An escort truck from Emil Anderson Maintenance rolls ahead of a convoy of vehicles navigating the critically damaged Hemlock Valley Rd. on Monday. More than 50 vehicles went down that day, ending four days of being stranded for a number of guests and employees at Sasquatch Mountain Resort. (Emil Anderson Maintenance/Contributed)

Community over crisis: Hemlock Valley restoration efforts in full swing

Sasquatch Mountain Resort resumes operations Saturday

One week after a landslide shut down Sasquatch Mountain Resort, operations are expected to resume again on Saturday.

A shuttle to and from the resort is set to run on Saturday and Sunday and spots can be reserved by contacting guest services. For those scheduled for lessons, the resort asks they allow themselves enough time to arrive an hour early.

On Thursday afternoon, the resort released a statement that a single lane of alternating traffic on Hemlock Valley Road will now be open 24 hours a day starting on Friday at 8 a.m. At this time, an escort vehicle will not be necessary, but travelers can expect delays of up to 60 minutes as crews will have to stop traffic periodically to continue to work on repairs.

RELATED: Sasquatch Mountain sets up car retrieval system

Shelby Lim, marketing and development director at the resort, said there are currently about 150 people in the area now, 100 of which are staff and the remainder are locals. There were once more than 500 people stranded this past weekend when a landslide triggered by heavy flooding crippled the only road in or out of the resort. The community near the resort lost power, which took BC Hydro 43 hours to restore. With efforts from TRK and Librico Helicopters, the Ministry of Transportation and Infrastructure (MOTI) and Emil Anderson road crews, all stranded people were evacuated by Monday afternoon.

“We’re just happy that nobody was hurt, everyone got home safely, and we’re excited to get back to doing what we do best,” Lim said in a statement.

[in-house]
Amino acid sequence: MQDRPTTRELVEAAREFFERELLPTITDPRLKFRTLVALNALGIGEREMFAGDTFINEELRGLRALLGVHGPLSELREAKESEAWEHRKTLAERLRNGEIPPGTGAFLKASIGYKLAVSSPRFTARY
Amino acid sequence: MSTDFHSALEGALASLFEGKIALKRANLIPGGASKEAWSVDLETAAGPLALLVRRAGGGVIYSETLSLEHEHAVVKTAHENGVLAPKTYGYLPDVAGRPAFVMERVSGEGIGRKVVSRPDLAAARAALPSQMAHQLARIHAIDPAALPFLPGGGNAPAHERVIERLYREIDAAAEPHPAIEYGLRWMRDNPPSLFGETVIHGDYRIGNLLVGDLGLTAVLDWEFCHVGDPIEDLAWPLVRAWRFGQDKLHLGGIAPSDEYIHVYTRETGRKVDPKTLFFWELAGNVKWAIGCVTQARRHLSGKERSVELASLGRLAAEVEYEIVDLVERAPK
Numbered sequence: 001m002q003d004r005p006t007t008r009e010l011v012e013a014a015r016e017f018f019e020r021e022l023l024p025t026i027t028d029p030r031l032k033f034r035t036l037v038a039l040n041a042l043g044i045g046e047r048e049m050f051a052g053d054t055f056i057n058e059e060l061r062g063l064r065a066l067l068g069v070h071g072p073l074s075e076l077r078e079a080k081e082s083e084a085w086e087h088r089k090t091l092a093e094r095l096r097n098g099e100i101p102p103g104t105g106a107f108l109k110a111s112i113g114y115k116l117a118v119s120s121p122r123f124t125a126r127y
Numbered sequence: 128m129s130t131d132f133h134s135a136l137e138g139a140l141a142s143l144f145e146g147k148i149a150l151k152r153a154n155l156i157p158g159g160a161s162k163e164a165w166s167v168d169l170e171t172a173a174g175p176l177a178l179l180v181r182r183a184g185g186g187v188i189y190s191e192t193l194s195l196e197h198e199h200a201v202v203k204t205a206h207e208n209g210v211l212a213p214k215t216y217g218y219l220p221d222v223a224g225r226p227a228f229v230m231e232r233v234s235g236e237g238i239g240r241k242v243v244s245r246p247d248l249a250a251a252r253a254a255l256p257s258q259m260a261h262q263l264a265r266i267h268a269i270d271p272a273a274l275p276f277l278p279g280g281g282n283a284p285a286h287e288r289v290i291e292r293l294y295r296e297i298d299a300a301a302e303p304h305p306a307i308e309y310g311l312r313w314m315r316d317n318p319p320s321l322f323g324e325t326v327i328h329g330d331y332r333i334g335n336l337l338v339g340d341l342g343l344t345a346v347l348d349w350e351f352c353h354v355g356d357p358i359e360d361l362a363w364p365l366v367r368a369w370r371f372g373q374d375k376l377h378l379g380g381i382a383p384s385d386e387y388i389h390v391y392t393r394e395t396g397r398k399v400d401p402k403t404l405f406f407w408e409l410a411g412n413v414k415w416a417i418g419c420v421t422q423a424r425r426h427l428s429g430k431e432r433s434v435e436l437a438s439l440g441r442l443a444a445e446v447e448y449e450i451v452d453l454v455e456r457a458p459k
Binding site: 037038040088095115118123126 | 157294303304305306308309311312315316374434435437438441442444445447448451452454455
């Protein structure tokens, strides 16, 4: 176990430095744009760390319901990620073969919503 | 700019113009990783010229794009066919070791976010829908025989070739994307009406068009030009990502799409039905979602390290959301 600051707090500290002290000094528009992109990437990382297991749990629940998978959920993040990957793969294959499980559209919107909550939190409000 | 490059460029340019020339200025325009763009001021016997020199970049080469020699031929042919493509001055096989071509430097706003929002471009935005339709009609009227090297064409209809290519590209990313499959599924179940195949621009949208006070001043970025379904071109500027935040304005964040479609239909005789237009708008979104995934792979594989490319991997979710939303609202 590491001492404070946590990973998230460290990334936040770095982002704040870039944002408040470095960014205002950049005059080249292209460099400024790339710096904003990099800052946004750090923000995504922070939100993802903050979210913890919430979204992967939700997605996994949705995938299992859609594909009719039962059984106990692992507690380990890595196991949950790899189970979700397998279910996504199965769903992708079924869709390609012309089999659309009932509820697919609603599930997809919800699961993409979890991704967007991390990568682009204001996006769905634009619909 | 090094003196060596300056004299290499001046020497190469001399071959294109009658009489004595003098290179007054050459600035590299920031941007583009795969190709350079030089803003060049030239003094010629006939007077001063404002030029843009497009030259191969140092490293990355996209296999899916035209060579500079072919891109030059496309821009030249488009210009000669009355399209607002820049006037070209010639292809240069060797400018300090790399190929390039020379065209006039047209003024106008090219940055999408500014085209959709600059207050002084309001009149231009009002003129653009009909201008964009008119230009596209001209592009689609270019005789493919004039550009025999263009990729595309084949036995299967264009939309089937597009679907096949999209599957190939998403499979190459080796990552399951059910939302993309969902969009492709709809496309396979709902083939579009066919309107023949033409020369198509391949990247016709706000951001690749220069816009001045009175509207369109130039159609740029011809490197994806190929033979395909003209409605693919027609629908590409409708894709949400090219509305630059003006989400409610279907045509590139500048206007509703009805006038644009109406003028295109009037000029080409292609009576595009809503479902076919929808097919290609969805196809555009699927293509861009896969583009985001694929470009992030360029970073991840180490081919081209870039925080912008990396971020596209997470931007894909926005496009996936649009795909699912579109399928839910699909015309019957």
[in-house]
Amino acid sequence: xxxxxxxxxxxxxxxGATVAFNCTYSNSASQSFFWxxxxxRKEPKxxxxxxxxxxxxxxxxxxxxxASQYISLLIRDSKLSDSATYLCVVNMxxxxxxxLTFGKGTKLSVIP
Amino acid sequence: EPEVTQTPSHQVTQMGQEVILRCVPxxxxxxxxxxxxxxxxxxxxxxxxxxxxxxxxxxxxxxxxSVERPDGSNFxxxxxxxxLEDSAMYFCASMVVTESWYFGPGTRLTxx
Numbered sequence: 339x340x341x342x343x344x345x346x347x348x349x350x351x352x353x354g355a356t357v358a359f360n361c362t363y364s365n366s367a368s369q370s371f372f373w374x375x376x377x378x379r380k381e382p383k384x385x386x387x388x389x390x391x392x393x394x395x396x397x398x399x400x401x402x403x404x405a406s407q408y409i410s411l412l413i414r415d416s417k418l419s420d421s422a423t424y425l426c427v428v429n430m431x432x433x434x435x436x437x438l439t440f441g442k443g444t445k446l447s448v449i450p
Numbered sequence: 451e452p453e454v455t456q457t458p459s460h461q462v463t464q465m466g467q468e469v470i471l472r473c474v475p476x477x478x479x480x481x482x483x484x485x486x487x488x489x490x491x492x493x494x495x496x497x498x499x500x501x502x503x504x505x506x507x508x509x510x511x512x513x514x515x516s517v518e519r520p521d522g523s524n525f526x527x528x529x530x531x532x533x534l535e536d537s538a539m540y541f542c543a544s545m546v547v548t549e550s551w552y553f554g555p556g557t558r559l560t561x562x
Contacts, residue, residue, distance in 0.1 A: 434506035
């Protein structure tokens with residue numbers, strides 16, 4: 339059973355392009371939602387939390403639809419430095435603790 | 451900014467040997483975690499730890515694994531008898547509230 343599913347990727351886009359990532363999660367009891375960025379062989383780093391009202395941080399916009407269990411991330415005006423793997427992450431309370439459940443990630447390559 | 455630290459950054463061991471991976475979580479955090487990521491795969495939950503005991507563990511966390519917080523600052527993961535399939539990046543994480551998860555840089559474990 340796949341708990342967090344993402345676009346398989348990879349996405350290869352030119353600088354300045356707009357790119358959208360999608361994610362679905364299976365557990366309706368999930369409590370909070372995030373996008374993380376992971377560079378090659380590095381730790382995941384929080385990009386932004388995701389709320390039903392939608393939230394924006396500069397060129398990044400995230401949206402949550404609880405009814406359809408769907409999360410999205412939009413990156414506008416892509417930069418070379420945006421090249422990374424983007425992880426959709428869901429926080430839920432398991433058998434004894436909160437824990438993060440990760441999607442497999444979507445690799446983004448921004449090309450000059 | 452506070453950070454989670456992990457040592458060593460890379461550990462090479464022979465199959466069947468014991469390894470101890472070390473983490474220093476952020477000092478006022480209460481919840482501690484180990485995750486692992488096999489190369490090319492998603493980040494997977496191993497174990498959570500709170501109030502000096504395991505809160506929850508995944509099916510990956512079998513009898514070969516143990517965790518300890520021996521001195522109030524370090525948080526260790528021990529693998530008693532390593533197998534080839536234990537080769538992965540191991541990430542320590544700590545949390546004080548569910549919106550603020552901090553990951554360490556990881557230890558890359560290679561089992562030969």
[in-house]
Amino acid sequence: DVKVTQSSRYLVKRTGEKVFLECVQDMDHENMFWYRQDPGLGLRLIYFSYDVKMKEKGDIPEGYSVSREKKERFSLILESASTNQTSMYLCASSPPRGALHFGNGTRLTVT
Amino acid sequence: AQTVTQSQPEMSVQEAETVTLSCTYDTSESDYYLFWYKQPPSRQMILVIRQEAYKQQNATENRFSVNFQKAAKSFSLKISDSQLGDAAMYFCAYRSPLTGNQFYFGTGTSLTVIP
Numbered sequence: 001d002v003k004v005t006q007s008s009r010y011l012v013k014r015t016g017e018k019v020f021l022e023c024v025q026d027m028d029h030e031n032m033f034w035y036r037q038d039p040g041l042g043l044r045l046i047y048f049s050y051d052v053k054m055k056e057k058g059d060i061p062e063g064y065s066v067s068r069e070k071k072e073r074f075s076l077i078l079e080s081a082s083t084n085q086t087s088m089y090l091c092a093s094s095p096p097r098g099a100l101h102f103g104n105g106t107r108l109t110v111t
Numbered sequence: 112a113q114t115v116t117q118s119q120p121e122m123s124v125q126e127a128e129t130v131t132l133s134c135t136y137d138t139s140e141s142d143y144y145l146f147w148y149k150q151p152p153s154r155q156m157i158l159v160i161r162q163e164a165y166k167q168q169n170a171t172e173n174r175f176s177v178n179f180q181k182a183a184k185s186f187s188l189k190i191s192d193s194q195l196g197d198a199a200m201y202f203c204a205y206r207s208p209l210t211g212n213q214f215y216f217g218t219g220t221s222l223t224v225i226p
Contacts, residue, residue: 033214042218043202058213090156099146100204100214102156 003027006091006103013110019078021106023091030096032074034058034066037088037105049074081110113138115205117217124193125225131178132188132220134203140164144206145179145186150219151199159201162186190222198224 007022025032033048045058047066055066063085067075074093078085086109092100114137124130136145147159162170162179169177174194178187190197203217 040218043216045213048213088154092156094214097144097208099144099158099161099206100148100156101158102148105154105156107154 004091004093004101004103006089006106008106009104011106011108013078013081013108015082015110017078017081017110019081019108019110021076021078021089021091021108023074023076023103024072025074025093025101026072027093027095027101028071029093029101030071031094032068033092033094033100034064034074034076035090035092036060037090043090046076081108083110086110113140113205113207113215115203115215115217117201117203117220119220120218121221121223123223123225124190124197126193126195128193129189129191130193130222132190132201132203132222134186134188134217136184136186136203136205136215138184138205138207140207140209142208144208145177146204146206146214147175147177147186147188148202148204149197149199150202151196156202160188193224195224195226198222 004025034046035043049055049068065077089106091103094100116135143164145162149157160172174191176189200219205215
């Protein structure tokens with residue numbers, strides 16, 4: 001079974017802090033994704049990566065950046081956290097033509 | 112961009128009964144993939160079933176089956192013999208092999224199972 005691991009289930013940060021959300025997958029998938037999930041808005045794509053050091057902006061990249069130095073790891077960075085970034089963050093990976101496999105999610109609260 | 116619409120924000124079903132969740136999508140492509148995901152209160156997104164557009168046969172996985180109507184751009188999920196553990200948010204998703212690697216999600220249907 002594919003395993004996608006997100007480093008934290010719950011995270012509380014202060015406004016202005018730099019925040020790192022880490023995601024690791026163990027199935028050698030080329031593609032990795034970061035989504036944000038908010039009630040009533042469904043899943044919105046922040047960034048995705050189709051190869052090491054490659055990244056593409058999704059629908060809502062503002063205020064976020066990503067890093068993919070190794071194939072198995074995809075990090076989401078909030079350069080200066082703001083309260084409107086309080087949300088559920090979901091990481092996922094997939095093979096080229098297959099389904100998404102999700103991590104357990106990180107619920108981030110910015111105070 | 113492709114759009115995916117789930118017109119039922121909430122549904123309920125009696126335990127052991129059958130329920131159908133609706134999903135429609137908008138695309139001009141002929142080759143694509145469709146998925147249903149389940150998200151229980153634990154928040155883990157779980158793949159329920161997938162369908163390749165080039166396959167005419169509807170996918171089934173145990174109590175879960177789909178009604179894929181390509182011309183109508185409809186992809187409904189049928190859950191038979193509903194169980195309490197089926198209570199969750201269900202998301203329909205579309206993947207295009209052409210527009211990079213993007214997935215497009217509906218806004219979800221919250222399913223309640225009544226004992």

RELATED: Hundreds stranded at Agassiz’s Sasquatch Mountain after heavy rain, landslide

The resort released a statement Wednesday afternoon saying they are working closely with MOTI to restore the road to full capacity as soon as possible. Lim said construction was proceeding well and added the resort was not looking to rush into opening the road prematurely, stressing the paramount concern of public safety above all.

As the repair efforts press on, Lim stated MOTI will continue to develop a plan for a long-term solution for the road.

“We really appreciate your patience during this time and will be updating our channels as soon as possible,” the statement read. “We would like to say a huge thank you to TRK Helicopters, Librico Helicopters, The Canadian Ski Patrol, the unwavering Sasquatch Mountain staff members, The Hemlock Valley Volunteer Firefighters Association, The Hemlock Valley Homeowners Association, and our local MLA Laurie Throness for all the support during this time.”

VIDEO: Sasquatch Mountain evacuation successful

For those traveling in the evening on Wednesday or Thursday, at 5 p.m. a pilot vehicle will depart from the bottom of Hemlock Valley Road, and at 5:30 p.m., a pilot car will head downhill from the same 3 kilometre sign.

Mandatory chains are still in effect when traveling Hemlock Valley Road.

Conditions and times are subject to change.

With 25 centimetres of snow in the forecast, fresh powder could await those who return to the mountain this weekend.

“This event was an amazing display of camaraderie as locals, surrounding municipalities, government and strangers who pulled together to make the most out of a challenging situation where the focus was put more on community over crisis,” Lim said.



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